Besides the two deadly chemicals, an independent assessment team commissioned by the Friends of the Earth and the International Rivers Network found several more harmful chemicals in Agno’s river. Dr. Sergio Feld of the team identified these as lead, selenium, molybdenum, iron, manganese, zinc, arsenic, copper, nickel and even radioactive compounds like uranium.
The Manila-based Upland NGO Committee (Unac) said 27 rivers which used to provide household water, irrigation, fishing haven, and washing and swimming grounds are “crying in silence” as they go to die in dams or either run dry.
Unac member and secretary-general of the NGO Bantay Mina, Nestor Caoli, said six of the 27 rivers—Balili, Agno, Baroro, Balincaquin, Bued and Dagupan—are biologically dead due to mining.
Six more rivers are heavily polluted and silted by mining activities. These are Naguillan, Upper Magat, Caraballo, Santa Fe, Amburayan and Pasil.
Expanding agricultural operations are pouring pesticide elements into the river, Caoli said. The dead and dying rivers are adversely affecting economic and social activities of people living within and along the rivers’ headwaters and tributaries, Unac added.
CEC added that one river that feeds the country’s vegetable bowl, Balili River, is being killed mainly by solid-waste pollution, including human excrement from Baguio City, a known highland tourism city. An estimated 3,000 tons monthly of human excreta is treated by the Baguio Sewage Plant but still find their way to Balili river.
The Cordillera, it appears, is fast turning out to be the region of not only the “dammed damned, but also of dying rivers,” CEC said.
The government’s Environmental Management Bureau of the Department of Environment and Natural Resources came out with a different view but still complements the findings of the NGOs. It said Amburayan and Baroro rivers in La Union are dead, so are Agno and Dagupan of Pangasinan.
Even the rivers in the provinces of Bulacan and Batangas are dying; Balagtas, Bocaue, Guiguinto, Marilao and Meycauayan in Bulacan, and Dumaca-a in Batangas.
In Luzon’s heart, Metro Manila, nine river sub-basins may soon have only poisoned water. These are Obando-Malabon-Navotas estuary in Balut and Malabon; Tullahan in Valenzuela; and the three Taguig-Napindan river basins in Taguig and Taguig-Napindan in Fort Bonifacio.
These are in the most critical situations among the country’s 18 river basins whose areas total to more than 110,000 square kilometers.
No water means death of communities
The dead and silent rivers are now the subject of fierce rhetoric from environmentalists hell-bent on protecting what is left of the country’s water sources. NGOs in Luzon look squarely at logging companies, mines, dams and insensitive farmers as culprits.
Forester George Facsoy of the CEC, for instance, sees the death of rivers as the decapitation of communities from the ecosystem that once supported them.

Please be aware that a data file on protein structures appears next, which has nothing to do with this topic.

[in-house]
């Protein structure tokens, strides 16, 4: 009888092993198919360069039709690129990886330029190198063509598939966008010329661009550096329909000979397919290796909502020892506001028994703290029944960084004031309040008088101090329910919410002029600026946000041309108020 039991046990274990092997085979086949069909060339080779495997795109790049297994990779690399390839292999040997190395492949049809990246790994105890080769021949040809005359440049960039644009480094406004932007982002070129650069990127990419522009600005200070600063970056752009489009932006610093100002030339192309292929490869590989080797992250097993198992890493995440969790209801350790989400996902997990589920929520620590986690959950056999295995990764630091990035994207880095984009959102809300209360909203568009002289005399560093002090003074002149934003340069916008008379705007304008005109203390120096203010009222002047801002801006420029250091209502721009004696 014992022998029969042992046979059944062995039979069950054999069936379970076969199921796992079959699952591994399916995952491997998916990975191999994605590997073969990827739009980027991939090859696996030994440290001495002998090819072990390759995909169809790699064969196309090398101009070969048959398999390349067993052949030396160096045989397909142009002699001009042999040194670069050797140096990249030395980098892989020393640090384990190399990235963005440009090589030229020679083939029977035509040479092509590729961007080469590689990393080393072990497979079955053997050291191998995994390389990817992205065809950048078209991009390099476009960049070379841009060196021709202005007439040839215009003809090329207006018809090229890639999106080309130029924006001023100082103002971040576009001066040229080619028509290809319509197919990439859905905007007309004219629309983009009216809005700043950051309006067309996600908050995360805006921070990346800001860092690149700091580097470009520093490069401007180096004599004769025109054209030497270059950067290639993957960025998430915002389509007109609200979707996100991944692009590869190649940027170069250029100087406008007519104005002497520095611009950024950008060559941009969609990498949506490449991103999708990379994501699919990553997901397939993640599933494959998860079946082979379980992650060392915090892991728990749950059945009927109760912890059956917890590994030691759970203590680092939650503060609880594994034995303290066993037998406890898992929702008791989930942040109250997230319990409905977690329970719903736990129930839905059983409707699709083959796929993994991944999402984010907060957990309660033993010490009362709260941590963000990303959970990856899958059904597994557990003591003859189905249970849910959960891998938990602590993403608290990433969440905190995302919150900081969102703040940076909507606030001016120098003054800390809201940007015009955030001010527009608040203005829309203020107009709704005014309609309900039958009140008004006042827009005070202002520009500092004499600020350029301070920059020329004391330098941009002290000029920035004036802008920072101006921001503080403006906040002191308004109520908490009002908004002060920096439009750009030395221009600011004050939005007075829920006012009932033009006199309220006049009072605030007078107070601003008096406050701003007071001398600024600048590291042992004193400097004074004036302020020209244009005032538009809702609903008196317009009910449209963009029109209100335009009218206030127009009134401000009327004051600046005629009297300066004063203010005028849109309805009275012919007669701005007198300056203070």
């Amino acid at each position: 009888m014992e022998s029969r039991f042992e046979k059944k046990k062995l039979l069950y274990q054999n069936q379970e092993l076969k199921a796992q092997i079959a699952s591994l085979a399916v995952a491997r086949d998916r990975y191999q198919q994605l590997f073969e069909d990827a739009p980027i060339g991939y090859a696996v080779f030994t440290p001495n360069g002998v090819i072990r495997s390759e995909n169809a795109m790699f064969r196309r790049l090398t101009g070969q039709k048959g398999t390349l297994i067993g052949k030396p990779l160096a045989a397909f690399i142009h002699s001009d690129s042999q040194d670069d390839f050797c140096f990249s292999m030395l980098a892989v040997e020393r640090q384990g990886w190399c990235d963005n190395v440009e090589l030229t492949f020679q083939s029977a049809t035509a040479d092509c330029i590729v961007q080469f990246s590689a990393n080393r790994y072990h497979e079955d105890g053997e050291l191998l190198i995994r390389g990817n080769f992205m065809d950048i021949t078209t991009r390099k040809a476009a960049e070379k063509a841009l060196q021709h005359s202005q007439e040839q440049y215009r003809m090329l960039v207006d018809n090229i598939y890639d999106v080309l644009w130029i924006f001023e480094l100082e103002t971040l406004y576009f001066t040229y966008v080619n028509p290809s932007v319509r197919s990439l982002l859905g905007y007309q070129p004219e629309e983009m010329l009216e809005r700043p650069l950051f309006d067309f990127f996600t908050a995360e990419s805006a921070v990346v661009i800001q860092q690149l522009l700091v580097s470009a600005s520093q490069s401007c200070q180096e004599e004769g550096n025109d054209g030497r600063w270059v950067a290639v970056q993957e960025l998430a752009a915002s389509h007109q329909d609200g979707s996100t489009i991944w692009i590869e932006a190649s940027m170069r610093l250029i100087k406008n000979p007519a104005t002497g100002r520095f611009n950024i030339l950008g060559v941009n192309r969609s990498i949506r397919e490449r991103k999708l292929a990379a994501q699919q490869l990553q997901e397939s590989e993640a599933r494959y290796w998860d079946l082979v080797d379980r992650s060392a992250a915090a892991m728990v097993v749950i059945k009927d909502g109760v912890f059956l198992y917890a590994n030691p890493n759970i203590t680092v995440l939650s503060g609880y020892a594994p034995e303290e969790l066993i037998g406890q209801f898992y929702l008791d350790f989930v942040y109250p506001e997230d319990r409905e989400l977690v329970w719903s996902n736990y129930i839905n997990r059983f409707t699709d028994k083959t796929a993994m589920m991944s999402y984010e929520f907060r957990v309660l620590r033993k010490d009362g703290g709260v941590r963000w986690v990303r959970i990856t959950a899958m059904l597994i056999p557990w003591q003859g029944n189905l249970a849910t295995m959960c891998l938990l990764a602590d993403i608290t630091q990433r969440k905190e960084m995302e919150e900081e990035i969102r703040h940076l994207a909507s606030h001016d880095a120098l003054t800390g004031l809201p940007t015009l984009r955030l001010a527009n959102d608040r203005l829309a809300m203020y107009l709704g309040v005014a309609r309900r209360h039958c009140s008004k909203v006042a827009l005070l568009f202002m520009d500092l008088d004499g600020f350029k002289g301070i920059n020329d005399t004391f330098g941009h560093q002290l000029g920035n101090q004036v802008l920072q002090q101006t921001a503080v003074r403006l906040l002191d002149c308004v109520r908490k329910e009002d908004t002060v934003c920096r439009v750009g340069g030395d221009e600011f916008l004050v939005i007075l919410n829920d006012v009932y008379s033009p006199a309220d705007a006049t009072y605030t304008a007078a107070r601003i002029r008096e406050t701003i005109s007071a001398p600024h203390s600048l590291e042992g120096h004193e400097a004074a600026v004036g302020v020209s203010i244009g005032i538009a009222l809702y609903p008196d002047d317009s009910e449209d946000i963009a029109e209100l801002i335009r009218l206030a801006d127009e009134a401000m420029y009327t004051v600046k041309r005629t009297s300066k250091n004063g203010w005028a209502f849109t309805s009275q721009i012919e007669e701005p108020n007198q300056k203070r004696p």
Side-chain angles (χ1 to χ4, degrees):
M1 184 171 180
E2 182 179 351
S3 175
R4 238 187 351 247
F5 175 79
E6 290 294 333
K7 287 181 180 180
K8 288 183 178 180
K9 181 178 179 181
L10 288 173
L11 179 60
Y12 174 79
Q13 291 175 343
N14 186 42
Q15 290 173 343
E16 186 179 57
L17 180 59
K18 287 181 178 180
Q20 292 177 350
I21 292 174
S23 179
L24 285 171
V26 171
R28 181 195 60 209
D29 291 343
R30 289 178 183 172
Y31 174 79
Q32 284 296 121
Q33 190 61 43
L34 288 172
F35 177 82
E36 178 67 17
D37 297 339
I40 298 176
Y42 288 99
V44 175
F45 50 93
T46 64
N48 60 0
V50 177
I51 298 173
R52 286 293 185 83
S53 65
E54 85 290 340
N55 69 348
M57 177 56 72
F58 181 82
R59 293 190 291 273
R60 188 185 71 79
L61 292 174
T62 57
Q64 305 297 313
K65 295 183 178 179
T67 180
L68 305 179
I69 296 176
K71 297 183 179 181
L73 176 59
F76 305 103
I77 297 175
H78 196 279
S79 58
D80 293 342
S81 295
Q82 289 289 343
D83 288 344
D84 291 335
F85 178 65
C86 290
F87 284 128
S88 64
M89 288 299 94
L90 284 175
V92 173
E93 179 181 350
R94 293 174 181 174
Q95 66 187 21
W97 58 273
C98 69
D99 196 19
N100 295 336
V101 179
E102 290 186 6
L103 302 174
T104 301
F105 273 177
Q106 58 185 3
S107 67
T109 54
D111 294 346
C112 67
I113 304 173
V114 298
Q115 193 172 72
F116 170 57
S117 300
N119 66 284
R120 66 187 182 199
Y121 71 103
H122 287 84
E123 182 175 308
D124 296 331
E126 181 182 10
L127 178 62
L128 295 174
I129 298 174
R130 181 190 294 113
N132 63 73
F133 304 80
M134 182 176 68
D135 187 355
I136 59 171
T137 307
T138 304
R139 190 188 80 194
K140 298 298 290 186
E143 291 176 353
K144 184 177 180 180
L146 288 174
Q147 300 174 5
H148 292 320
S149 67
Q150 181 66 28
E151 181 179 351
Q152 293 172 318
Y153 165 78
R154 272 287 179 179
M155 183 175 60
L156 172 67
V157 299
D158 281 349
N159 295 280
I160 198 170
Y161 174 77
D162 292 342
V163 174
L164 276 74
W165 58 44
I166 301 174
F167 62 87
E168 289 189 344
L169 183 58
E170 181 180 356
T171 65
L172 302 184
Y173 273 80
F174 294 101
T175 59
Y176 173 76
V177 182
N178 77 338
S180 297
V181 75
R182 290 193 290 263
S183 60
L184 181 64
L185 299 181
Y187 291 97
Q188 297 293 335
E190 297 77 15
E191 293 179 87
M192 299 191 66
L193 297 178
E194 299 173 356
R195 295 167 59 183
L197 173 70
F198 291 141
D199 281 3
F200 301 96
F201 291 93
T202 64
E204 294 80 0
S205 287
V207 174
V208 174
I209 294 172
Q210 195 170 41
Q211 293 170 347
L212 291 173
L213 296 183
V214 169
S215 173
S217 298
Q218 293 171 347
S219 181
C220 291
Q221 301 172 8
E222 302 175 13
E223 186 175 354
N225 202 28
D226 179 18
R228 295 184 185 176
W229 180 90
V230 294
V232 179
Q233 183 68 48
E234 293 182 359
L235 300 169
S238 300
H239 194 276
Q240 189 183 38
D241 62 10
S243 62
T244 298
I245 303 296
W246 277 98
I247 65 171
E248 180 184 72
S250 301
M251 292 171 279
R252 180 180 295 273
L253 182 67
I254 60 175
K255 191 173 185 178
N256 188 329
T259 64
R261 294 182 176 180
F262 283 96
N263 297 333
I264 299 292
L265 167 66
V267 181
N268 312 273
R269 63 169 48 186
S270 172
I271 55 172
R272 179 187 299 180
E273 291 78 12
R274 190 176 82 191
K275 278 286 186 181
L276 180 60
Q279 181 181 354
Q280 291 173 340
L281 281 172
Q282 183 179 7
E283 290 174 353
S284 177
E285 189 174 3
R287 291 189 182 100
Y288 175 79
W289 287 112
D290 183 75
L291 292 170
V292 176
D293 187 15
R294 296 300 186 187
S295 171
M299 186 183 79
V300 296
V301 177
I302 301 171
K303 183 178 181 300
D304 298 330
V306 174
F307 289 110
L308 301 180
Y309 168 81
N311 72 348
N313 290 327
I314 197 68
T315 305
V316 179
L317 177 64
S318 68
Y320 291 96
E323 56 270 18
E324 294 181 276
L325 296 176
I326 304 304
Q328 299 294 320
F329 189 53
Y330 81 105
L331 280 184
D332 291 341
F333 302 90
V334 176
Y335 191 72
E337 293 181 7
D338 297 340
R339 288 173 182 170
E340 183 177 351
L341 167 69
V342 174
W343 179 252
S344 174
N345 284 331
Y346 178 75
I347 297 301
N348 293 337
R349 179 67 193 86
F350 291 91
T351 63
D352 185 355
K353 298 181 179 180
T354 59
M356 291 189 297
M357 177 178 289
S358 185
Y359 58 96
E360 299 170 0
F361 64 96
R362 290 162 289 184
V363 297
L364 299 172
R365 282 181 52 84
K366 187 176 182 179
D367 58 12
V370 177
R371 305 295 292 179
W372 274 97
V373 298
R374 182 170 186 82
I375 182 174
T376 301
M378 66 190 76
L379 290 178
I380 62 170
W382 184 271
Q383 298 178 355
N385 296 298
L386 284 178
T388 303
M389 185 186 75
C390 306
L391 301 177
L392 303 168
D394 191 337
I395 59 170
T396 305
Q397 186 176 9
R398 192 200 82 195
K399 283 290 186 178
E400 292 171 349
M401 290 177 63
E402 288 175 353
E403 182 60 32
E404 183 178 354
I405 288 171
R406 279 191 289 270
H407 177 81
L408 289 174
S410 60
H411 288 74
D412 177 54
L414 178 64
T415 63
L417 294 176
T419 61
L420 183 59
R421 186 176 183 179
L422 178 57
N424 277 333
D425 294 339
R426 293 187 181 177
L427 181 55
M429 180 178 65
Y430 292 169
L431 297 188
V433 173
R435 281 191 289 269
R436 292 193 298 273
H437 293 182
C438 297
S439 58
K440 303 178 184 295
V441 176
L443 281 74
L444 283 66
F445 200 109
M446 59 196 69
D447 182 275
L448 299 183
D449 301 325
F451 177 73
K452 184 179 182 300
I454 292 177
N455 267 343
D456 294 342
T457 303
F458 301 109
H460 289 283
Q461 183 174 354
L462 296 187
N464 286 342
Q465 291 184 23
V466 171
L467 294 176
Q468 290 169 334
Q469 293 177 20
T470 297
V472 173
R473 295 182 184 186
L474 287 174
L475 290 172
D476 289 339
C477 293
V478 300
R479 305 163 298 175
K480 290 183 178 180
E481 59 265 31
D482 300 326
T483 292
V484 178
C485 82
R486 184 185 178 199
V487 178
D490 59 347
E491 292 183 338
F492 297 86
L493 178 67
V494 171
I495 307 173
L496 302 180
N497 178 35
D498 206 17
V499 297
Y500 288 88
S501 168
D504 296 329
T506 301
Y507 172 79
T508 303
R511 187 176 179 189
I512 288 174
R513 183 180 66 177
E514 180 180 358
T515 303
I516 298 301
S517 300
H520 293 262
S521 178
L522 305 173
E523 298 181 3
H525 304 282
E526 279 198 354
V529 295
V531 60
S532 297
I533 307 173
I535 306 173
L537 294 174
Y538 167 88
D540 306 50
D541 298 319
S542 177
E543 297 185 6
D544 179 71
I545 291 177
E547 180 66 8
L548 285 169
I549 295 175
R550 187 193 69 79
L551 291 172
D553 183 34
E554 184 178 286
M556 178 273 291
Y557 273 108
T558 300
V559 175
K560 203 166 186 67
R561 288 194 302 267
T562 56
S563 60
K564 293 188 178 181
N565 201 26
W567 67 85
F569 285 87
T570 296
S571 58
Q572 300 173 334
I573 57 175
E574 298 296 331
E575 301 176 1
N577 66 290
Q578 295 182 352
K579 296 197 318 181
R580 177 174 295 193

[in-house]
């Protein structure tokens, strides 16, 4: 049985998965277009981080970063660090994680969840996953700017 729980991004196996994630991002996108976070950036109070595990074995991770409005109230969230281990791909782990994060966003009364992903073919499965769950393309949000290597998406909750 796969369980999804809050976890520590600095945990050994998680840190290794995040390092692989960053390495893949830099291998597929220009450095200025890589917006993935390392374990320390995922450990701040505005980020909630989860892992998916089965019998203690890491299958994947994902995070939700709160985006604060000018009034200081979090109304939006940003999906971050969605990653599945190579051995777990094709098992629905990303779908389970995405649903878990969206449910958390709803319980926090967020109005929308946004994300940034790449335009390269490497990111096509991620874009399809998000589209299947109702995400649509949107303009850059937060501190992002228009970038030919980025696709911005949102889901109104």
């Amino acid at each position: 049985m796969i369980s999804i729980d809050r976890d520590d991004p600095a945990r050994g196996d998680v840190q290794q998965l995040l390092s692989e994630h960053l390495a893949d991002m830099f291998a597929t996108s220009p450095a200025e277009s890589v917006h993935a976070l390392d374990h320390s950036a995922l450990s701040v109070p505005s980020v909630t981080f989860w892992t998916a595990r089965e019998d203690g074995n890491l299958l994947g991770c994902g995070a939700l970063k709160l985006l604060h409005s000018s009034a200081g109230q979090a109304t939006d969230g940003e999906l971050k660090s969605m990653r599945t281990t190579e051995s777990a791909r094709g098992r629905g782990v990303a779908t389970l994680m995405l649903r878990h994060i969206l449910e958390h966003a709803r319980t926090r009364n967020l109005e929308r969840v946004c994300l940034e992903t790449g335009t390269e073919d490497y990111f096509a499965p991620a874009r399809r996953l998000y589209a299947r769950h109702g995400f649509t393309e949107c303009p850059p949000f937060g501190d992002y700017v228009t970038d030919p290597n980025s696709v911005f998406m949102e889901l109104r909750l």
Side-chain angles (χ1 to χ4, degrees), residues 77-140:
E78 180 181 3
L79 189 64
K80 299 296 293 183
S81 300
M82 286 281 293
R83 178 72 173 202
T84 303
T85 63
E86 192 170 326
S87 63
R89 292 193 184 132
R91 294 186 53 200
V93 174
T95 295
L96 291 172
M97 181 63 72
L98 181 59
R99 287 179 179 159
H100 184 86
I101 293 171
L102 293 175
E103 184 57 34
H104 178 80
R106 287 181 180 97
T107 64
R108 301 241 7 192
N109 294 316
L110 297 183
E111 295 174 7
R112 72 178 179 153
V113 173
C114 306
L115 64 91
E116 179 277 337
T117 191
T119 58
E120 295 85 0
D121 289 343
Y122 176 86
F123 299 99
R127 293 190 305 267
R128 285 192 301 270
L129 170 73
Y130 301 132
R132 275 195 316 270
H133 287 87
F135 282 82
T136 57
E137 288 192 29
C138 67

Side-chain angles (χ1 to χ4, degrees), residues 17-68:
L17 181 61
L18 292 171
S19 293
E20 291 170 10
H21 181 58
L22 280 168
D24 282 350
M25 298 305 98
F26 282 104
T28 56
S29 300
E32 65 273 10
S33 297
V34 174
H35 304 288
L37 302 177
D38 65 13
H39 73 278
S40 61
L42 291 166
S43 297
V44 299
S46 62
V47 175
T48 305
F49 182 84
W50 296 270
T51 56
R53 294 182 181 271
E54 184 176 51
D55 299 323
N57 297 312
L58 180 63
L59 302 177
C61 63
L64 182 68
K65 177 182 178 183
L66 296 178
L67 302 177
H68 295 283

In the Cordillera, “water is looked upon as life itself,” as the Igorot hero Macli-ing Dulag once said.
Death of a river means people will suffer deep economic recession. There will be no farms and fishing areas, and people will be marginalized, making them dependent on outside culture difficult for them to adapt to, he said.
The precious water from rivers replenishes the paddies and deposits fertile silt onto thousands of hectares of farms which foster populations along rivers. If and when the rivers run dry, the imprint of many centuries of human civilizations’ cumulative toiling, ethnic culture and identity will be forever lost, he said.
Groundwater will be affected
The extinction of rivers will directly affect underground water resources, the National Water Resources Center warned. Of all the nation’s provinces, only 12 have groundwater resources that are expected to provide water in the near future. Not one of these has a groundwater area of more than 30,000 hectares—meaning—population density will definitely bear hard on water that these sources can provide.
Groundwater, often looked upon as an unreliable resource, is possible of being lost. It is very vulnerable and with the water and sanitation sectors’ poor management of it, like surface water, it may soon be lost to oblivion.
If so, biodiversity will be lost too, and economic and social activities will altogether be disrupted, especially in the lower regions.
Water wars in this millennium
The specter of water crisis will cause communities to fight tooth and nail for its possession and use.
The politics of water is as difficult as preventing a war. It makes rivers no longer “deep and wide” as the song goes, but the rift between communities.
Sandra Postel of the influential Worldwatch Institute said: “In efforts to seek and prevent water as flashpoints of conflict, there is a must for mediators to allocate strategies where communities or nations can agree to equal sharing.”
Easier said than done, especially so when no law exists where pressure is put on lower communities to either pay for the water that flows or die without. Moreso, putting water scarcity to the already crowded policy agenda of the government has not yet been done with genuine interest by Philippine lawmakers, even though the challenge to recognize water scarcity as an increasingly powerful cause of political and social instability is so great.
In fact, politicians have yet to pass a Code of Conduct for the water and sanitation sector.
“Communities and even counties will go to war,” warned Facsoy, “and the government may find it too late to act.”
The villages in Mountain Province are not the only volatile places. This year’s drought, the impending long, hot summer and El Niño next year, need not spell these out.
Bengwayan has a Master’s Degree and PhD in Development Studies and Environmental Resource Management from University College Dublin, Ireland, as a European Union fellow. He is currently a fellow of Echoing Green Foundation in New York.